Let Sleeping Dragons Lie (Have Sword, Will Travel #2)
That "something bigger" comes to them in the form of an old man named Edga, a warrior named Hundred, and an ancient chant:
heed our call . . .
Come to aid us,
one and all.
Odo, Eleanor, and their swords, Biter and Runnel, are plunged into a quest that will take them (as all good quests must) to unfamiliar lands, where they will fight unseen enemies and unlock unbelievable secrets in order to prevent an unbearable impostor from taking the crown.
Also, they will need to keep an eye out for dragons.
As they did with Have Sword, Will Travel, fantasy masters Garth Nix and Sean Williams have crafted a tale full of fire, laughs, and twists for adventurous readers of all ages.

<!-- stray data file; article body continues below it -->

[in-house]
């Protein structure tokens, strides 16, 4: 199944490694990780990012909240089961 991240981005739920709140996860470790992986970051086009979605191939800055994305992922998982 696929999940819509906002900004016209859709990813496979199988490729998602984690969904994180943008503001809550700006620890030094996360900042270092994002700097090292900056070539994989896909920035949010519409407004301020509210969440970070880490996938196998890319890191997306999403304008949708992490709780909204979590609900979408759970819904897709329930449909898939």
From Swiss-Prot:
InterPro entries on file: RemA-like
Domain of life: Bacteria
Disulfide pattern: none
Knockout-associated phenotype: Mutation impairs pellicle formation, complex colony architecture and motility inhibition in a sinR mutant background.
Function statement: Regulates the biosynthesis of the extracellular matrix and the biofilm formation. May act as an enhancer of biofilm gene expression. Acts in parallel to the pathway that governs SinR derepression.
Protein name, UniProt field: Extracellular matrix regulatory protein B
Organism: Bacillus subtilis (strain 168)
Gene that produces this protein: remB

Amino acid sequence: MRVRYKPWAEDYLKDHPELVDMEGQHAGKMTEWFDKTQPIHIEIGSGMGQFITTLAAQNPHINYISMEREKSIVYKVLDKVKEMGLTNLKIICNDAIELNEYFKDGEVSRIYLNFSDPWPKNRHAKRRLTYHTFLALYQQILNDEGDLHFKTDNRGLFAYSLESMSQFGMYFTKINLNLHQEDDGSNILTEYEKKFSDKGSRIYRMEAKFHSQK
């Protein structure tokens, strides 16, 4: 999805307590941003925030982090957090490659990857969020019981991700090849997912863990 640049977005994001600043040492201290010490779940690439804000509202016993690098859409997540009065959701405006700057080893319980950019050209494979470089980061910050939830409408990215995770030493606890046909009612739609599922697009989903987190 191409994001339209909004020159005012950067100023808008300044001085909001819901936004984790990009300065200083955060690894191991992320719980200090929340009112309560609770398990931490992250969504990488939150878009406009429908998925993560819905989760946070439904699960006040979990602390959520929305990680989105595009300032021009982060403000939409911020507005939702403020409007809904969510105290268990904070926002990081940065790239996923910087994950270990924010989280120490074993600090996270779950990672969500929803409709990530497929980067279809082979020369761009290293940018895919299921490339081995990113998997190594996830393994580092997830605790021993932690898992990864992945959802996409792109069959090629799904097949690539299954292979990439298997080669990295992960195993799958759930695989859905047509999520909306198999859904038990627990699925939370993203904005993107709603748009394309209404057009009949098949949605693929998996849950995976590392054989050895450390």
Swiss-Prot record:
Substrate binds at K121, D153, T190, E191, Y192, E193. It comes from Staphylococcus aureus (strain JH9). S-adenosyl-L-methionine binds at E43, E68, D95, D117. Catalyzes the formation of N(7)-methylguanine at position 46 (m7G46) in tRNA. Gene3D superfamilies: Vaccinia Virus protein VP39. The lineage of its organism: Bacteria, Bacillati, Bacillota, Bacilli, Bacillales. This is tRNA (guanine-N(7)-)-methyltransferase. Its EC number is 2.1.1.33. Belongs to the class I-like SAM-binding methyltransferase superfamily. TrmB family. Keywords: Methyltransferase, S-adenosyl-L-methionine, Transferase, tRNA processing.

For all of its traditional elements, there are some fun twists concerning gender roles. Their are no female equivalents of ruling positions-- everyone, male or female, are kings or Sirs. There is a brief mention that Eleanor and Odo might be romantically linkws, but they are far too busy to think about this too much. Everyone on the quest is brave and powerful, and the only one who really needs to be saved is Kendryk... who has some tricks up his own sleeves.
This has many similarities to Flanagan's The Ranger's Apprentice books, but is slightly younger. The talking swords (whose voice is portrayed in an old Germanic style text) and the bats (whose utterances are punctuated thus: "L!o!o!k! l!e!f!t!") add an element of whimsy that will amuse a younger audience.
While I have been enjoying the fantasy adventure books set in other cultures and dealing with other mythology, there will always be a core group of fantasy aficionados who crave more British style Camelot inspired fantasy where there are swords to be wielded against dragons.